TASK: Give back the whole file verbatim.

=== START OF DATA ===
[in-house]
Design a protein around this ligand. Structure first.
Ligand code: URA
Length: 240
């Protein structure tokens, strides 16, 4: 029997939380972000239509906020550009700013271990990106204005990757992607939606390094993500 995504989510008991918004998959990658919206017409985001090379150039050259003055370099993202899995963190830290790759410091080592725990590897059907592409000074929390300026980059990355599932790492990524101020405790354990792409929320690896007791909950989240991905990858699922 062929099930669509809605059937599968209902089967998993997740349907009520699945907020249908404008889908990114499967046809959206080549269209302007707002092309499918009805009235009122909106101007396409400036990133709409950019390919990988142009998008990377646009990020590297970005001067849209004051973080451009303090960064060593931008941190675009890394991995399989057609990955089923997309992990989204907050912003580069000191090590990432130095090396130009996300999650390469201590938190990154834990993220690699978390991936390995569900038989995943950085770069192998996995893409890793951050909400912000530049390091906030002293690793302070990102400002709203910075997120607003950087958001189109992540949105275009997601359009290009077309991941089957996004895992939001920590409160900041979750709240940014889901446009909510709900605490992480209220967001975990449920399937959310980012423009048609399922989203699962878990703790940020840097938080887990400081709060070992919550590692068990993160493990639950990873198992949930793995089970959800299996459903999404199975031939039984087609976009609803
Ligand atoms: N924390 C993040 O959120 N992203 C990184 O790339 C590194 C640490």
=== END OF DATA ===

[in-house]
Design a protein around this ligand. Structure first.
Ligand code: URA
Length: 240
């Protein structure tokens, strides 16, 4: 029997939380972000239509906020550009700013271990990106204005990757992607939606390094993500 995504989510008991918004998959990658919206017409985001090379150039050259003055370099993202899995963190830290790759410091080592725990590897059907592409000074929390300026980059990355599932790492990524101020405790354990792409929320690896007791909950989240991905990858699922 062929099930669509809605059937599968209902089967998993997740349907009520699945907020249908404008889908990114499967046809959206080549269209302007707002092309499918009805009235009122909106101007396409400036990133709409950019390919990988142009998008990377646009990020590297970005001067849209004051973080451009303090960064060593931008941190675009890394991995399989057609990955089923997309992990989204907050912003580069000191090590990432130095090396130009996300999650390469201590938190990154834990993220690699978390991936390995569900038989995943950085770069192998996995893409890793951050909400912000530049390091906030002293690793302070990102400002709203910075997120607003950087958001189109992540949105275009997601359009290009077309991941089957996004895992939001920590409160900041979750709240940014889901446009909510709900605490992480209220967001975990449920399937959310980012423009048609399922989203699962878990703790940020840097938080887990400081709060070992919550590692068990993160493990639950990873198992949930793995089970959800299996459903999404199975031939039984087609976009609803
Ligand atoms: N924390 C993040 O959120 N992203 C990184 O790339 C590194 C640490």